they shake their heads at me:
"He relied on the LORD—let him deliver him;
if he loves him, let him rescue him."
...Do not stay far from me,
for trouble is near,
and there is no one to help.
The reason God does not intervene to end the suffering remains a mystery to the writer of these emotional words, but he trusts God is listening and that God is good. The Psalms of lamentation powerfully demonstrate this wisdom and space in the Biblical tradition to contain this crying out at unexplainable suffering. Walter Brueggemann describes this conversation as "Israel’s foremost word on pain and Israel's most daring theological act." Moreover, he explains that in the Psalms of lament, "Israel articulates its pain publicly not simply as a cathartic activity, but in order to make the pain into public business of God." The crying out is not a turning away from God. In those moments, the Psalmists and all those who pray with them trust God with all the emotions involved in that painful moment. One can hear in these words the justifiable cry, “God! Why aren’t you being God!?” But, the communication lines remain open. An affirmative hope and faith in God remains.
While this approach is also not an easy answer and may not satisfy completely the pastoral test of easing suffering, it represents a compelling example of theodicial efforts. Rather than an answer being offered in the second person (“You are suffering because ...”), the sufferer him or herself asks the question "Why me?” “Where are you God?” and addresses God directly. This approach honors the experience and divine-human relationship we trust in. This approach continues in the Christian Gospel.
For followers of Jesus, through suffering there can be an experience of the Cross and its Paschal Mystery. Human beings suffer. But a Christian view suggests that when we trust that through Good Friday there is an Easter Sunday coming after, and there is a community to share that grief within dialogue with tradition, it is possible to receive graces that we otherwise would not receive. This is a unique view among the religious traditions. The God of our understanding was an innocent victim. He suffered, died, and was buried.
The scandal of the dying God has created 2,000 years of theological discussion and offered meaning in moments of crisis and pain. But again, even Jesus who suffers with us does not simply make suffering okay. Suffering does not disappear, but it can be transformed. Jesus' glorified body ascended to heaven with His wounds. They were not taken away.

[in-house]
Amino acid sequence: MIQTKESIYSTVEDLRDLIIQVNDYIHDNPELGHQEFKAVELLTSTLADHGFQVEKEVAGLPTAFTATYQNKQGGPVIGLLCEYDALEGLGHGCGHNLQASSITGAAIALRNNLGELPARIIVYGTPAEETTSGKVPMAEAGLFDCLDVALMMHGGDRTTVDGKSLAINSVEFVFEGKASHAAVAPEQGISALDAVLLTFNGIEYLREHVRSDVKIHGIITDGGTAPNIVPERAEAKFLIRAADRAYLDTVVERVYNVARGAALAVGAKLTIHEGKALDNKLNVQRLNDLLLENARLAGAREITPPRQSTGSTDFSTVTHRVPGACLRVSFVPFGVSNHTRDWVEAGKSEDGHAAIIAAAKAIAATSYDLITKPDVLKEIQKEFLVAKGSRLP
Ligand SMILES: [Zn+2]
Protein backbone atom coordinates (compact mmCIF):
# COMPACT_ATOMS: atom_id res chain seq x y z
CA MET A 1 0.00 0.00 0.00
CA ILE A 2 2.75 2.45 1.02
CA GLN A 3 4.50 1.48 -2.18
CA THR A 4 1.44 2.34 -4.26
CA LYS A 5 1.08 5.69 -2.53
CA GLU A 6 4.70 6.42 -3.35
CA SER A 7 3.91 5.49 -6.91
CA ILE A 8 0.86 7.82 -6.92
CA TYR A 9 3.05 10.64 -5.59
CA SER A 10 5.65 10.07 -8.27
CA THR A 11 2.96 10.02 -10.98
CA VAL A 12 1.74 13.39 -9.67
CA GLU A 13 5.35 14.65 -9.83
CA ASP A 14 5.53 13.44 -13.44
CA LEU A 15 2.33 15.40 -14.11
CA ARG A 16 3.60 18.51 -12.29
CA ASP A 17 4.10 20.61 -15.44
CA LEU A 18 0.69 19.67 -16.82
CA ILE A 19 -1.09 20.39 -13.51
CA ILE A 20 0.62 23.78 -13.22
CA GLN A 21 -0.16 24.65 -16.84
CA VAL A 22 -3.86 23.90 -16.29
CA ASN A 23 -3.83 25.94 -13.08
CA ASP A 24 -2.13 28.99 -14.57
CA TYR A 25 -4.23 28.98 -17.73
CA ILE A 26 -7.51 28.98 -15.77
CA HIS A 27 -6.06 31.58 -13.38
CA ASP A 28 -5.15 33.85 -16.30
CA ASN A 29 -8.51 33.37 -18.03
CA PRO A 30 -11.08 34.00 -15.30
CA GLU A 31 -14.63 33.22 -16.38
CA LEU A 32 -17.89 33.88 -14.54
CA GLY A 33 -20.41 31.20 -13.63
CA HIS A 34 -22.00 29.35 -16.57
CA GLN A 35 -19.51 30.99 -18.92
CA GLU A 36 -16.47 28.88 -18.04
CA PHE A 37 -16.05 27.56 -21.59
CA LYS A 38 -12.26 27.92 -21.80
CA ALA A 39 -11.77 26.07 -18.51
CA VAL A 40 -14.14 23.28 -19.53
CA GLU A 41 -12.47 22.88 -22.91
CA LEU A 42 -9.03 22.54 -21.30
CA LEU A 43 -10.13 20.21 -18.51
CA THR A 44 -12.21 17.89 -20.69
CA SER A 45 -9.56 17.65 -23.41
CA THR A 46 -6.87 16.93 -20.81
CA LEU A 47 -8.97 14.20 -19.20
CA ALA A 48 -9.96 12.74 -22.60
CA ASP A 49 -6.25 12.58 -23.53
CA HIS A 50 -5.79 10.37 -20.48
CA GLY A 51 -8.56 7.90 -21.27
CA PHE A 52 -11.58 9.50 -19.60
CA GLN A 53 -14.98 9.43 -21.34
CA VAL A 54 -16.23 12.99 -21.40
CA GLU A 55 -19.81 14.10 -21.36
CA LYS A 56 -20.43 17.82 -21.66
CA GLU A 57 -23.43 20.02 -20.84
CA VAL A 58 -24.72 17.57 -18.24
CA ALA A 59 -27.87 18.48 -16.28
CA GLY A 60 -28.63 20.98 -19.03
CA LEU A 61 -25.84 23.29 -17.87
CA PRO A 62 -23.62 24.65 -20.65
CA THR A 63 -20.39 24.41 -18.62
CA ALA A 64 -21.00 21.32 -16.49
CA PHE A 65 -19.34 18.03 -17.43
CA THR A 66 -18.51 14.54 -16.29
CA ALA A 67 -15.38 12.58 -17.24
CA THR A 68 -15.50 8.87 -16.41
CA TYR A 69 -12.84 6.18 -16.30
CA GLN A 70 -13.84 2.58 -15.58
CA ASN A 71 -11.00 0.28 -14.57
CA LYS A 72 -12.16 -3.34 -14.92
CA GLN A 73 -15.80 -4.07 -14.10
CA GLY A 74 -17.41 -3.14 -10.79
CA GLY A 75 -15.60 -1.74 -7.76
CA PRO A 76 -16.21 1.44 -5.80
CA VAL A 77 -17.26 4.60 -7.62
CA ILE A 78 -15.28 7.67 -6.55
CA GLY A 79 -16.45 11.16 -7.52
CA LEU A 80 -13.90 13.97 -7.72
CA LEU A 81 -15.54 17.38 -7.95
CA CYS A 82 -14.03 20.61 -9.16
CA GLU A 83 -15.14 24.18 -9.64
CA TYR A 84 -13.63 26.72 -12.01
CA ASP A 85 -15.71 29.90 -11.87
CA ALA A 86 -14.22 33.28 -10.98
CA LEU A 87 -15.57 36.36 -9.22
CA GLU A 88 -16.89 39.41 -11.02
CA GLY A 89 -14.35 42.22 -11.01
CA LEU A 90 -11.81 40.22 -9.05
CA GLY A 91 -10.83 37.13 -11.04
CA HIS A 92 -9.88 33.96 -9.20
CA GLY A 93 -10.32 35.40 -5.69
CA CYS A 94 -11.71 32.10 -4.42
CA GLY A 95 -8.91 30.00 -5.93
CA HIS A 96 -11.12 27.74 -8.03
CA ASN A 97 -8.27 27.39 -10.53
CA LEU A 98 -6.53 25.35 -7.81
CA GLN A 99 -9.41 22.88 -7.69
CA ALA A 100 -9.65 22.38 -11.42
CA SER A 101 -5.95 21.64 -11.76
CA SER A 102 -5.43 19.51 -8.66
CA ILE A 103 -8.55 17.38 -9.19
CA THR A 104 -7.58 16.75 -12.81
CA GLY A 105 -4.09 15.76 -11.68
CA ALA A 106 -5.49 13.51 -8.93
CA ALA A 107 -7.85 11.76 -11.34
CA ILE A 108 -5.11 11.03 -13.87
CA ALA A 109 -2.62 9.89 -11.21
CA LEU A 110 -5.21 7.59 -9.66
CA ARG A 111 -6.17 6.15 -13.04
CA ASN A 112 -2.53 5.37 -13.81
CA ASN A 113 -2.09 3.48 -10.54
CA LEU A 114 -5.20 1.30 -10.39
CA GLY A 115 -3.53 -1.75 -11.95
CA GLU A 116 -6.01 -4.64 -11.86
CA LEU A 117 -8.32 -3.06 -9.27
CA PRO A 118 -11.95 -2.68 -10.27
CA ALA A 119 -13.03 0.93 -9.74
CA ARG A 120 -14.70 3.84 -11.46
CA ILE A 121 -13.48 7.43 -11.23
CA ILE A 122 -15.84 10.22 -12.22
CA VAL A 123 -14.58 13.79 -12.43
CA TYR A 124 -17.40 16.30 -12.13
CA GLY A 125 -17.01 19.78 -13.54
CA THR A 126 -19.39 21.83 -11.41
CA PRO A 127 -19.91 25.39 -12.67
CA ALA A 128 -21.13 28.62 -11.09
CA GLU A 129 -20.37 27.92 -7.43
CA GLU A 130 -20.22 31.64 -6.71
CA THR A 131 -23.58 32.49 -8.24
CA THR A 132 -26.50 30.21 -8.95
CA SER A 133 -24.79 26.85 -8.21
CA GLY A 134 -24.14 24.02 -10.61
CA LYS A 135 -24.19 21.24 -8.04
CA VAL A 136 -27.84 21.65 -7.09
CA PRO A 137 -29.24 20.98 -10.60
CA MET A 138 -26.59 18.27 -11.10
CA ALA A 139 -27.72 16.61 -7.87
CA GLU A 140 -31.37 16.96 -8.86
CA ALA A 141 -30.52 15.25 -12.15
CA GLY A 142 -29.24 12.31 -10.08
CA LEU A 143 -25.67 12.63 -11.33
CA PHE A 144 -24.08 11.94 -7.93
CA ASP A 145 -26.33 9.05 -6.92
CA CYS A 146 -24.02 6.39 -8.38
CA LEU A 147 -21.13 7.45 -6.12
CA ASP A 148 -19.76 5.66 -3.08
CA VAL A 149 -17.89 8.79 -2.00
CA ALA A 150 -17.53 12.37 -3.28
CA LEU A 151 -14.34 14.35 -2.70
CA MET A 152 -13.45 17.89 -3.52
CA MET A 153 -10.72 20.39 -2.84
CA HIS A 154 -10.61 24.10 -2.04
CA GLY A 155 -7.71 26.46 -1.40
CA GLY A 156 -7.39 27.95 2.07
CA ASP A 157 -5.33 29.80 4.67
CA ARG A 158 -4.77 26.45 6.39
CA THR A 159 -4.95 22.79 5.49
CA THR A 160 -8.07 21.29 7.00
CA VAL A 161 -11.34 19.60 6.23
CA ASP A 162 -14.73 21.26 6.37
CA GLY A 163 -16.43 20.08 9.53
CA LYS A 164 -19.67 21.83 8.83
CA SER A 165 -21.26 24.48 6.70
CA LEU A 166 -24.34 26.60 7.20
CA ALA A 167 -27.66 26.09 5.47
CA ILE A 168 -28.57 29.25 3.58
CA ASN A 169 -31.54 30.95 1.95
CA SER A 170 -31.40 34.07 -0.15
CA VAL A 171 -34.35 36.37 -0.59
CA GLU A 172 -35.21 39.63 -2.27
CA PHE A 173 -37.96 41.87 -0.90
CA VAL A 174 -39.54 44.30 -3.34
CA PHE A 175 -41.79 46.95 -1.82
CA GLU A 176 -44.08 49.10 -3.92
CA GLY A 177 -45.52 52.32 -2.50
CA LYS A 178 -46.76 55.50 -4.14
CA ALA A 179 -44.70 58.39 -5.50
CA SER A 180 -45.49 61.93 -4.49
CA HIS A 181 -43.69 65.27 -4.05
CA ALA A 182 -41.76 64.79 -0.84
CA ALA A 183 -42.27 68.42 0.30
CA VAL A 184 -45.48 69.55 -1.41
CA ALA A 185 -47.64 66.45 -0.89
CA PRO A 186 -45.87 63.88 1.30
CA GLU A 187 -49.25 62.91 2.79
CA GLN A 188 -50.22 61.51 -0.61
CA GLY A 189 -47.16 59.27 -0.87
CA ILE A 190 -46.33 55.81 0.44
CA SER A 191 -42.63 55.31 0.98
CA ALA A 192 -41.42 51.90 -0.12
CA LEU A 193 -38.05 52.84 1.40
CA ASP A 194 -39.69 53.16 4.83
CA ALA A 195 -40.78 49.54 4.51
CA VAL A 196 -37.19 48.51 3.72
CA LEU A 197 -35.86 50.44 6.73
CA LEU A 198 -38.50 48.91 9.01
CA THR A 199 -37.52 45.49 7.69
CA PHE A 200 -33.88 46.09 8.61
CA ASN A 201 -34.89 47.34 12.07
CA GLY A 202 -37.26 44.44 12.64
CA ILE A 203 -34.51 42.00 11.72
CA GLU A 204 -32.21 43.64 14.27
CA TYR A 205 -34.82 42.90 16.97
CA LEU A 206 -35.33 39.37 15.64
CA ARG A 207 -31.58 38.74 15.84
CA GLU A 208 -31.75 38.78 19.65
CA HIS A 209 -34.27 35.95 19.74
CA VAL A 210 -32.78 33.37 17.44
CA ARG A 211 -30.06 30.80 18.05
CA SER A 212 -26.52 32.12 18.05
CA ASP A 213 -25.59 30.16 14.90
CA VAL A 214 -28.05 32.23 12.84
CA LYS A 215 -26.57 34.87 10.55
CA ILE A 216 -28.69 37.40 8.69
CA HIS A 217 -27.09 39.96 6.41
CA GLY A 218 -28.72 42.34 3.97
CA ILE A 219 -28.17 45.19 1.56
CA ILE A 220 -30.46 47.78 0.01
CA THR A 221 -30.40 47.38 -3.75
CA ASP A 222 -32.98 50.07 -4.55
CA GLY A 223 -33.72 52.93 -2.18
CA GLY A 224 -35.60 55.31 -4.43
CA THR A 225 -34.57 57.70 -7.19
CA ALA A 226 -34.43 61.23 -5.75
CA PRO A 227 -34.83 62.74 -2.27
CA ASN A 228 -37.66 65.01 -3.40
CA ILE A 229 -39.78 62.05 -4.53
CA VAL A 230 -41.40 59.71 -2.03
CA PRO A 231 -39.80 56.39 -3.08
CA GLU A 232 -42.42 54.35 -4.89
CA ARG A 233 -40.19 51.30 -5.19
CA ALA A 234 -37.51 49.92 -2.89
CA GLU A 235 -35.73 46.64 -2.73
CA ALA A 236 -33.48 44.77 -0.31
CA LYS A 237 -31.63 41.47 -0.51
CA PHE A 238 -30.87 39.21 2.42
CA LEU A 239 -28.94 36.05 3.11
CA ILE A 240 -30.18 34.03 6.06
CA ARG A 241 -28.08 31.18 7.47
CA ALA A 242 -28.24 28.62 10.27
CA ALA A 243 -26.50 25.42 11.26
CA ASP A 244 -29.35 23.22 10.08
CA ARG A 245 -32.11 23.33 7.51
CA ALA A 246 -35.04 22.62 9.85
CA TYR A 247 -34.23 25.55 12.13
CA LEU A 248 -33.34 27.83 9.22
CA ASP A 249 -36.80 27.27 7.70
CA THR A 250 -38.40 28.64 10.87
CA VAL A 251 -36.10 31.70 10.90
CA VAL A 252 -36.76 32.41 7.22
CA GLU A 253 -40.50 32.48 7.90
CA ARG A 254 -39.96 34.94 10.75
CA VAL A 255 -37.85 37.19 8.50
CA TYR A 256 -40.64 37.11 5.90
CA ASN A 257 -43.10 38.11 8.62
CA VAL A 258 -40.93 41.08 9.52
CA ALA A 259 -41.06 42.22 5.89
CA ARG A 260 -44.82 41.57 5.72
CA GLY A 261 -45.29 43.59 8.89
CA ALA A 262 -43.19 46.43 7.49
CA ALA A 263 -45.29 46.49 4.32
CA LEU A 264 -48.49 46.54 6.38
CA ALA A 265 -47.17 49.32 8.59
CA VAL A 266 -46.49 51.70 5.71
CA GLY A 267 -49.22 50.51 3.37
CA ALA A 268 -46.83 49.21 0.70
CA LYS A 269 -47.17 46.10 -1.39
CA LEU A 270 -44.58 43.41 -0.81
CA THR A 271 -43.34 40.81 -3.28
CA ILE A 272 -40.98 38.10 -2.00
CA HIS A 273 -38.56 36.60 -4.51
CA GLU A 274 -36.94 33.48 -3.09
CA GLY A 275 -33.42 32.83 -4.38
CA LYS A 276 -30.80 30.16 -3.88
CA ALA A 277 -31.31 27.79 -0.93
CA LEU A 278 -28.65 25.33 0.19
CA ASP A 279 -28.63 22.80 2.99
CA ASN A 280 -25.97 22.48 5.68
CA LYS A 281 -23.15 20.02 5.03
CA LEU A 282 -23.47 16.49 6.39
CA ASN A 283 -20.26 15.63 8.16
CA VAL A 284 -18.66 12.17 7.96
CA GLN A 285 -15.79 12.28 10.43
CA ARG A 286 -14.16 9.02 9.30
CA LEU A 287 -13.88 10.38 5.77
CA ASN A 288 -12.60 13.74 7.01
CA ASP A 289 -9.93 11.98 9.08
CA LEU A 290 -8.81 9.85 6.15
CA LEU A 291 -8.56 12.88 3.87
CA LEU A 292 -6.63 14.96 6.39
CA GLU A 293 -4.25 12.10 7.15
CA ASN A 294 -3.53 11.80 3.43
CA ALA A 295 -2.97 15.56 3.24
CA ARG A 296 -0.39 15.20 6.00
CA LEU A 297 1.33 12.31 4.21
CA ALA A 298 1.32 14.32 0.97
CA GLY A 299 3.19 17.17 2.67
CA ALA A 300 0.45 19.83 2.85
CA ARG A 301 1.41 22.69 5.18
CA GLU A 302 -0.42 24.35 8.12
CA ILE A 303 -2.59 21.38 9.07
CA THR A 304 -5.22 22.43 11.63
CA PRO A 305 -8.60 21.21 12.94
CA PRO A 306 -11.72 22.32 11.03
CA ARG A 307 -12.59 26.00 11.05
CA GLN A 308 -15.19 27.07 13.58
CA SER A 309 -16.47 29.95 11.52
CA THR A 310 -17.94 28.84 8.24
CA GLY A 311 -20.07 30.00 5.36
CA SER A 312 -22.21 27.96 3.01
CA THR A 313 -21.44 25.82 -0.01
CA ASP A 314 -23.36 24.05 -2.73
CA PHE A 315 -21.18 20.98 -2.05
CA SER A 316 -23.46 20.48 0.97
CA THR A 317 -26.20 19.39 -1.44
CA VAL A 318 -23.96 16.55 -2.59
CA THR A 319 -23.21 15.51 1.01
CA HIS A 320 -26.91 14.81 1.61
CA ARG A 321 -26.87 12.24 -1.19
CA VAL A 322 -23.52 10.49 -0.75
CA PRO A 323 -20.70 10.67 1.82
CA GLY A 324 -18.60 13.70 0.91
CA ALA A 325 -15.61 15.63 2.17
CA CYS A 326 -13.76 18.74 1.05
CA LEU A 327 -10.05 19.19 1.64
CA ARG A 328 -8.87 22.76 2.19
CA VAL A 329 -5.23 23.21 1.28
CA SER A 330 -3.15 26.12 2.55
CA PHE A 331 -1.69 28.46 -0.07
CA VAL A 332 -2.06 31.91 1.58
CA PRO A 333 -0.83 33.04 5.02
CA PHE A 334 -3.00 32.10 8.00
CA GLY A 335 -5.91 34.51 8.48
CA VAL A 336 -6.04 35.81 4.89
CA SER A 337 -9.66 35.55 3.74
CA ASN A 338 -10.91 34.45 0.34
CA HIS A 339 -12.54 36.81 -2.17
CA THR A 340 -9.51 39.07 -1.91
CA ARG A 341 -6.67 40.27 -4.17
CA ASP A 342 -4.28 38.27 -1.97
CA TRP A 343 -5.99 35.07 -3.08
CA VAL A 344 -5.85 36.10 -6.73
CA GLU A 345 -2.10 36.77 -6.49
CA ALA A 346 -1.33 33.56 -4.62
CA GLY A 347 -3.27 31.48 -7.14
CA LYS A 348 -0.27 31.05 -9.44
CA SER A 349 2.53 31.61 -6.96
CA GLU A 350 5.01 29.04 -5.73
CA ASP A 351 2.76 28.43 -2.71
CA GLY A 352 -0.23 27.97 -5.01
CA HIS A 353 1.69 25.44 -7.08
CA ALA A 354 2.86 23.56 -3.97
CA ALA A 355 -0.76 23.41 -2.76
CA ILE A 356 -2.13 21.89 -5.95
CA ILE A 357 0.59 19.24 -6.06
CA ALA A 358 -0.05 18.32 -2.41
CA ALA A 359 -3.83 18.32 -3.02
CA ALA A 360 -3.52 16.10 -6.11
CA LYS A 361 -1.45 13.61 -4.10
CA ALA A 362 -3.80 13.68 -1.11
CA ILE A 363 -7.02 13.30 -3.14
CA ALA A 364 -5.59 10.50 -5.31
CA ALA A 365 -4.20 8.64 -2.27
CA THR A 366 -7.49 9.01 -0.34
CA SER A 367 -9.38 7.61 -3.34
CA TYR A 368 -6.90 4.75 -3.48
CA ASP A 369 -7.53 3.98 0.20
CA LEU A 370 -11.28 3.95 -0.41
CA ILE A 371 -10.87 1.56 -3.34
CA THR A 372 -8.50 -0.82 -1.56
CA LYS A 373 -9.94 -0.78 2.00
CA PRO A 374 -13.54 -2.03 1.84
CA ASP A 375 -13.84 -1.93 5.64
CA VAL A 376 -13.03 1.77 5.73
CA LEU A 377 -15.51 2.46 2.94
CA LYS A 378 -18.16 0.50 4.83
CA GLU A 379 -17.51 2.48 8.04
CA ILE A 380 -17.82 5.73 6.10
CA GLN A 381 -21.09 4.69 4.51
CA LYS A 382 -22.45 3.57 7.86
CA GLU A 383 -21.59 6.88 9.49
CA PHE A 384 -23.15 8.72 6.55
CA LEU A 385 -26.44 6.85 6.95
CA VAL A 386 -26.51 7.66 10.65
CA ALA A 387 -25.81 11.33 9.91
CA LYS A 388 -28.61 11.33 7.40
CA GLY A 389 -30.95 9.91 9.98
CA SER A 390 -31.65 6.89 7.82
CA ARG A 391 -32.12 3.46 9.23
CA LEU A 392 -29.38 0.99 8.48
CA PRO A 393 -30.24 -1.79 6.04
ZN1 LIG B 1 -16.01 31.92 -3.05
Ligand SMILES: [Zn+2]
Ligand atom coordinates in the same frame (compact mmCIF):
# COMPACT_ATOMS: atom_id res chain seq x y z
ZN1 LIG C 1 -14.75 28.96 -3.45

Elie Wiesel’s memoir of surviving a concentration camp is often noted in conversations of God suffering with us and its potentially transformative view. One scene from the book still causes me to tremble and lament each time I read it. This powerful image comes from a text that is not explicitly Christian or religious. Wiesel describes a night where he and the other prisoners watched the brutal hanging of a child. The two men hung alongside the boy died immediately, but the boy kicked and twisted before succumbing because of his lighter weight. As the innocent boy was dying, Wiesel heard a voice in the crowd wondering aloud, “Where is God now?” To which Wiesel writes: “And I heard a voice within me answer him: ‘Where is He? Here He is. He is hanging here on this gallows.’”
In light of the suffering we witness personally and from a far in the human family, the question of suffering will continue to be one of the most challenging theological questions we will each wrestle with. It is worth struggling with it, with others, and with our tradition. We are clearly not alone in this question and experience. None of these answers are universally applicable and completely pacifying. They are uncomfortable because suffering remains a reality for your loved ones, as well as for the young girls in western Kenya that Sister Catherine is trying to rescue from child labor, addiction, violence and abuse – and we do not have answers for them. Rational efforts to find answers to the question do not ultimately provide peace. What seems to promise such a salve is a personal encounter with God. It is this encounter, with a language all its own, that can help us not only care for our own wounds but transform our wounds into a source of healing with which we can help heal others who suffer.
MISSIO offers themed-quizzes in MissioBot to examine your religious knowledge - and this blog by James Nagle, PhD to reflect on questions of faith.